Actually, the plan is for the Solar Probe Plus to stop a good 6.2 million kilometres (3.9 million miles) short of Sol's surface, where the craft will have to endure positively scorching temperatures of 1,377°C (2,500° F), but you can't deny us a neat Pink Floyd reference.
The mission has been planned for a while, and was previously branded the NASA Solar Probe; it's now called Solar Probe Plus Parker Solar Probe, and today we heard a bit more detail about what the applied physics brainboxes in charge have planned.
Participants in the mission include solar astrophysicist Eugene Parker himself, who's currently the S. Chandrasekhar Distinguished Service Professor Emeritus at the University of Chicago; space weather and applied physics boffin Nicola Fox, mission project scientist at the Johns Hopkins University Applied Physics Laboratory in Maryland; cosmologist Rocky Kolbe, dean of Physical Sciences at the University of Chicago; astrophysicist Thomas Zurbuchen, associate administrator of NASA’s Science Mission Directorate in Washington; and former Bell Labs' man (and physicist) Eric Isaacs, who is executive vice president for research, innovation and national laboratories at the University of Chicago.
So why are we looking at our closest star? "This mission will provide insight on a critical link in the Sun-Earth connection. Data will be key to understanding and, perhaps, forecasting space weather," NASA says on the mission page.
Local "space weather", such as solar winds and flares, can affect our Pale Blue Dot in a number of ways. Coronal Mass Ejections, large releases of plasma from the solar corona, are not only responsible for the Northern and Southern Lights aurorae but, if strong enough, can disrupt radio transmissions and damage satellites and power lines, potentially resulting in long-lasting blackouts. Humans at high altitudes, including aeroplanes and astronauts, are also exposed to intense radiation from these cosmic rays.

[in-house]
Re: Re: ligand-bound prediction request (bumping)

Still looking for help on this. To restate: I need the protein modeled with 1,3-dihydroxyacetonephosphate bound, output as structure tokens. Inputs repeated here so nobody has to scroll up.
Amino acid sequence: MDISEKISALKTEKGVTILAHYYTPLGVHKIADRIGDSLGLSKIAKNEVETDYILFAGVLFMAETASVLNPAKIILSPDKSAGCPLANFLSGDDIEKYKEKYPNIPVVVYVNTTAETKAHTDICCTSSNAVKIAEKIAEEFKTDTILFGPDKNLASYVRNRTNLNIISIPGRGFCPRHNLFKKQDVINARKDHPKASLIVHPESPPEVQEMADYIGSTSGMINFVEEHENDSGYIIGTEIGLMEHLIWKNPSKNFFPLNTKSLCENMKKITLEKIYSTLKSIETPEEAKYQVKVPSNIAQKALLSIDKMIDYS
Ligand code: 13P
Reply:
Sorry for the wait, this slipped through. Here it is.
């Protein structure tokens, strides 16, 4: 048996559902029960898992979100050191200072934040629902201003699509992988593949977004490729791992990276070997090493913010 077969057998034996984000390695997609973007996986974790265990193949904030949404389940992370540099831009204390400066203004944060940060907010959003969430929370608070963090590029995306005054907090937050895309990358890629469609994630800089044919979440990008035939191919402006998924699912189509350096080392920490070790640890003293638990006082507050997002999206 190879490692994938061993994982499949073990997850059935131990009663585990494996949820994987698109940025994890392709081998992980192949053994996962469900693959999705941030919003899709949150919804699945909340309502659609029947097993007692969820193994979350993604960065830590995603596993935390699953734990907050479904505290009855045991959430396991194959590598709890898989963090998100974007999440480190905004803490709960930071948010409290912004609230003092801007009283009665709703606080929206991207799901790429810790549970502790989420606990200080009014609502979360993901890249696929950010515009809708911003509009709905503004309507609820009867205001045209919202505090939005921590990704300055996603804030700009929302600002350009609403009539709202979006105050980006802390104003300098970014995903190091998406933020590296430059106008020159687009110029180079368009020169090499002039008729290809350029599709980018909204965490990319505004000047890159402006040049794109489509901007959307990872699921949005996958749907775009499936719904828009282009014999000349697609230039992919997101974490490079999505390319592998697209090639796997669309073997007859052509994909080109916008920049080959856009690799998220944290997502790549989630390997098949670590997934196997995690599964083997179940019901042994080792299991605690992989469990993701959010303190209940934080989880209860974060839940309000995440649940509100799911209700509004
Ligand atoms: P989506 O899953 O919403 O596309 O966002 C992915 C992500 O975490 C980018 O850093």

The corona, that wispy aura of ionised elements around the star where the probe will be hanging out, is hotter than the Sun's surface. Astroboffins would like to know why that is, as well as how solar winds are accelerated – CMEs can erupt at several million miles an hour. "Until we can explain what is going on up close to the Sun, we will not be able to accurately predict space weather effects that can cause havoc [on] Earth," NASA says.
The Solar Probe Plus will get closer to everyone's favourite ball of flaming gas than any other spacecraft, smashing the rather wimpy record of 27 million miles set by Helios 2 in 1976. At 3.9 million miles, the SPP will have access to all types of solar wind for sampling, including "particle measurements from the lowest energy plasma through the most energetic particles associated with solar flares, measurements of plasma waves that enable energy and momentum flow, and coronal imaging 'from the inside out'."
Obviously, "inhospitable environment" is an understatement here and NASA faces new challenges in building a bot capable of withstanding the extreme temperatures. The answer, engineers hope, is to protect the craft's instruments with a 4.5-inch carbon composite shield.
The administration announced more details about the Solar Probe Plus mission live on NASA Television at 4pm BST (11am EDT). NASA TV live feed is below. ®